Summer Heat, keeping plants cool
Today is the first day of triple digits for me. This is the first day of many weeks and an endurance race to make sure the plants stay hydrated during this California drought. While the Governor has said the grass must die, container plants can be hand watered as well as watering to keep trees alive. My trees are in containers so I think I’m double protected. There is no doubt that summer heat can play havoc on any plant in a container. Since most bonsai container tend to be dark in color, they attract heat and can send soil temps into the stratosphere. Soil has a good ability at buffering away heat. Add water to that and soil temps even in triple digit heat can stay well below 80 degrees. Soil temps above 90 degrees, roots essentially stop growing. Prolonged contact with soil at this temp will eventually die. It is important to keep soil temps well below or at least 80 degrees or lower. The temperature band for optimal growth is narrow. 60 degrees seems to be the temp at which most roots wake up from Winter slumber, and 85 degrees seems to be the limit for summer soil temps without root damage. Anything above 90 degrees will shut the plant down and above 100 degrees for prolonged periods will show sign of stress like drooping leaves and shoot die back. Leaves turning Herman Munster grey green and dry and crisp is borderline death. The stems may still remain green and emergency watering may save the plant. When the leaves are brown and crispy and the bark on smooth skinned species starts to get wrinkly, death is sudden and without saving. It’s too late.
How can we protect our plants in the summer time to keep them from death?
There are many way to keep plants cool thru the summer. One of the easiest ways is to keep them watered (hydrated). For some people this may mean watering several times a day. If one has an automatic watering system this is simple to do. If one does not have a water system and one works, then auxiliary methods must be employed. There are many soil amendments that can help retain water in hot and dry conditions. The addition of clay as in the Japanese red soil, akadama is one way. This clay holds lots of moisture and gives a sort of time release to the soil container providing water vapor for most of the day.
Adding a wood component to the soil mix will also add an extra measure of moisture holding properties to the soil mix. Orchid seedling mix is a good additive to the soil mix and this will also add water vapor thru the day.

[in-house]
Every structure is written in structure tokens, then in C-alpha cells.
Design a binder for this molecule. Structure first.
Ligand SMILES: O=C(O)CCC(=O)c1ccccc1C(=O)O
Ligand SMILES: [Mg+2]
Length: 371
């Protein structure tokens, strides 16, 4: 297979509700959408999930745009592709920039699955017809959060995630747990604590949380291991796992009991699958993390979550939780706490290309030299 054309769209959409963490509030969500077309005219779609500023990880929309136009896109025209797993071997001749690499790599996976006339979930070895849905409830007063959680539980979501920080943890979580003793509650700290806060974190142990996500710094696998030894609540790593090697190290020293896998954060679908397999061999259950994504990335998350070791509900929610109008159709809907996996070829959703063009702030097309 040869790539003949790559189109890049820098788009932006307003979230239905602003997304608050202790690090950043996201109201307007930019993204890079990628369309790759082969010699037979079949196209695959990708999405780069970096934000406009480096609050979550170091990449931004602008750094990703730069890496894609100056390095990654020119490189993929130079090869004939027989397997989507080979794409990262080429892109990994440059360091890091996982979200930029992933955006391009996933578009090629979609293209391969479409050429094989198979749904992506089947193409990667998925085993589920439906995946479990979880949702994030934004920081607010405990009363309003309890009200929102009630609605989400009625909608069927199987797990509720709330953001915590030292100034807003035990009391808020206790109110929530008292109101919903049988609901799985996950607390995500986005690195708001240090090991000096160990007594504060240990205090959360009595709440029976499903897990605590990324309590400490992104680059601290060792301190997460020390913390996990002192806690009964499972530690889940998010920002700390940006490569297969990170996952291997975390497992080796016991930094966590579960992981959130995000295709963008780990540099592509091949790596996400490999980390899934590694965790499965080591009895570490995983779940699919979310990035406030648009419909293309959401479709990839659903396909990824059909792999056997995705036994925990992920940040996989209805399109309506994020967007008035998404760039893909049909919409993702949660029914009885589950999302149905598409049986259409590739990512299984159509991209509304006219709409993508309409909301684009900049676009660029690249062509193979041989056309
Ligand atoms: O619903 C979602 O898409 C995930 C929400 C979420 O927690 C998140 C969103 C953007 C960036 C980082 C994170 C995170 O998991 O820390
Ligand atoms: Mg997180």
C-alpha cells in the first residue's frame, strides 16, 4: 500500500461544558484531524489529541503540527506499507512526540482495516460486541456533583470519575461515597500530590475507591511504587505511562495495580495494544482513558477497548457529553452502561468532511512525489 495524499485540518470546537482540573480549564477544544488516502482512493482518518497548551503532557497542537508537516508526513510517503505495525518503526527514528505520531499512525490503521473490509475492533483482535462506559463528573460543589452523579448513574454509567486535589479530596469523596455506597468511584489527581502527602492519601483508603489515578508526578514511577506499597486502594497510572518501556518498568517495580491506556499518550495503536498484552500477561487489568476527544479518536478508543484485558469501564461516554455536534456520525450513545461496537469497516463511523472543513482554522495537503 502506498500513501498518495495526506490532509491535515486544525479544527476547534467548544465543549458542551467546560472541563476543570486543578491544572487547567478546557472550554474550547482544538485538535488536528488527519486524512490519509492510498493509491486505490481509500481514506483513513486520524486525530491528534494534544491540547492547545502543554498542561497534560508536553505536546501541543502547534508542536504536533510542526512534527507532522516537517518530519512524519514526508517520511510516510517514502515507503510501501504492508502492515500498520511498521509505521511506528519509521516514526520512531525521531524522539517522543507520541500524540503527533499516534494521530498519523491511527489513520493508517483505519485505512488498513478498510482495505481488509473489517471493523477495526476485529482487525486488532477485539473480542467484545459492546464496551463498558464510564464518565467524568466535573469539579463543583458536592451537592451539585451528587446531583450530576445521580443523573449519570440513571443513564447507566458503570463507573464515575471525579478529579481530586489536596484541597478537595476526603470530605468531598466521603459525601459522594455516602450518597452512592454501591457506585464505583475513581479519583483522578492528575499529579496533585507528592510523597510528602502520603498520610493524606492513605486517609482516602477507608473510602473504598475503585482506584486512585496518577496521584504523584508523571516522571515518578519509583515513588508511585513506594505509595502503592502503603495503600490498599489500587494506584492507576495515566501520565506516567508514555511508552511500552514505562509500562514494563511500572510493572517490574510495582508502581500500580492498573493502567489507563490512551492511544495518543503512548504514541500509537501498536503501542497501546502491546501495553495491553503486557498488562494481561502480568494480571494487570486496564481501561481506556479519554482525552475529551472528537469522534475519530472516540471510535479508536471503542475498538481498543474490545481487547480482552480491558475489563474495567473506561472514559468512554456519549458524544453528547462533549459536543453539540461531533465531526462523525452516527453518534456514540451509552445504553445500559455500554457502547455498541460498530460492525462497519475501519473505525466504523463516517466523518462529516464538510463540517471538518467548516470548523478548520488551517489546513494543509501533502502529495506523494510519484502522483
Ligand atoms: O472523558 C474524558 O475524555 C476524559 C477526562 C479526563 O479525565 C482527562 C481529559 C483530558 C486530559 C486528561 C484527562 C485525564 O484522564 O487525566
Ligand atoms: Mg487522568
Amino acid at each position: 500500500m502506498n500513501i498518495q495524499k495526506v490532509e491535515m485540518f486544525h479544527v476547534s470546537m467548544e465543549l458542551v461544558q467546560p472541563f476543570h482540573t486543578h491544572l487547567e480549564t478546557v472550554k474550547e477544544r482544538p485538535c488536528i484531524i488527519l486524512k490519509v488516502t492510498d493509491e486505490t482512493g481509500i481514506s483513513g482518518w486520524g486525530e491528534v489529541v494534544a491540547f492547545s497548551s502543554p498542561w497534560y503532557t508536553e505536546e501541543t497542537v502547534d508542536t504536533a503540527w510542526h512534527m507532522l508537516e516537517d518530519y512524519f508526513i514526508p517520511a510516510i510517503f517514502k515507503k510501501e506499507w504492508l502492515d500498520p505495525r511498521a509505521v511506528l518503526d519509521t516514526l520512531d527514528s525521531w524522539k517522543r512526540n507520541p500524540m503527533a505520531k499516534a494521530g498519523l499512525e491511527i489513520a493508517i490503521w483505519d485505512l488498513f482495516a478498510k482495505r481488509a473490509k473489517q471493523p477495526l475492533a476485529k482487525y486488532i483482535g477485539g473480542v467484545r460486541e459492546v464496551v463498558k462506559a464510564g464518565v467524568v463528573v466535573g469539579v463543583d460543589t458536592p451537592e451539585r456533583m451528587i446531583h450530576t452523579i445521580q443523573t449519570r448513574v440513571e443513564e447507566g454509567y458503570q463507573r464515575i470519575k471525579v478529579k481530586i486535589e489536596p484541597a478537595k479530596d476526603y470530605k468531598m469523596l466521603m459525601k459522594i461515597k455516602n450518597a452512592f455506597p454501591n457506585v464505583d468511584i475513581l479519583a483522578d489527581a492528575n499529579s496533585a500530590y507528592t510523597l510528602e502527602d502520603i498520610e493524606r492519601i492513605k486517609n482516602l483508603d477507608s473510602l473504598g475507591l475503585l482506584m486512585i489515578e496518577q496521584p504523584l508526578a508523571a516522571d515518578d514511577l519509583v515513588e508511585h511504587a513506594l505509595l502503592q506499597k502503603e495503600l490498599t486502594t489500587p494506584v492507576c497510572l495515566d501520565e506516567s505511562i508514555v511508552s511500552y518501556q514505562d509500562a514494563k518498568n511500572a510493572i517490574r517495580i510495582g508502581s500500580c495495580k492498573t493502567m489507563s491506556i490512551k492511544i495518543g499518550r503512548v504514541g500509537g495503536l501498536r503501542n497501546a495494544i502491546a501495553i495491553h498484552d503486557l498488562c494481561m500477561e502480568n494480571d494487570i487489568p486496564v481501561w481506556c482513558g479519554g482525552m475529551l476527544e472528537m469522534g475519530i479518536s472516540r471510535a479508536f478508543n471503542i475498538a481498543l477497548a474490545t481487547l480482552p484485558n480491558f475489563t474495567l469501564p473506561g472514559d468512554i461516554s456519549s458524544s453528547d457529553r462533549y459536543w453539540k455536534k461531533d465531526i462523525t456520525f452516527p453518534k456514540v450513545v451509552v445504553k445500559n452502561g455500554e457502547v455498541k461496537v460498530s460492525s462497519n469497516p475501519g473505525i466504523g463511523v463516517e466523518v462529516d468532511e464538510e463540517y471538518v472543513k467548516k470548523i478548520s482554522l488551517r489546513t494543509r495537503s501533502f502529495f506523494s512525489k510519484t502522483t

Transpiration not only happen on our leaves, it happens on our soil. During the hot day water vapor is released to the air until there is no more to give up. In an effort to keep this soil transpiration to a minimum, the soil surface can be covered with many water holding mediums. Wood bark is a good choice since it has many bacteria fighting properties due to its tannic acid. This keeps the formation of molds and fungus to a minimum. A good layer of fir bark will add moisture for the day. Sphagnum moss is another good medium for keeping added moisture at the top layer of the soil. It also aids in keeping fine surface roots cool and not burning off when the temps soar. I have seen people use wet towels to cover their pots and keep down transpiration. This will work but only if the towel is full contact with the soil. If air pockets between the towel and soil are there, the air in the pocket can rise to unsuitable temperatures.
What about mechanical contraptions for keeping a collection cool?
Shade cloth is a simple solution for many to help shade plants from the sun during the hot part of the day. Optimum height for shade cloth is 12 feet from the plants. Most people do not want nor have the room to build a structure so tall in their yard. It will provide shade for the plant but just know that the percentage of shade stated by the manufacturer is for the 12 foot height. If you have 50 percent shade cloth 4 feet above your plants it will probably be around 75 percent shade. There will not be enough peripheral light to give the 50 percent value. Yard trees make an excellent shade medium. make sure to set up benches, if possible, on the east side of the yard with a good tree on the west end of the yard. The hot sun in the latter part of the day will be shaded by the trees and lend the needed shade to help keep pot temps down. A misting system on a time clock may help keep plants cool in the hot part of the day. Misting is a good way to cool down a pot but some go overboard with the misting and start fungal problem with the overly moist conditions. In most climates the hottest part of the day seems to be around 3 to 5 PM in the afternoon. A one time a day misting in that time frame may be all that’s needed to help keep the pots cool. If your misting, which I do not do, spray with fungicides….Justin Case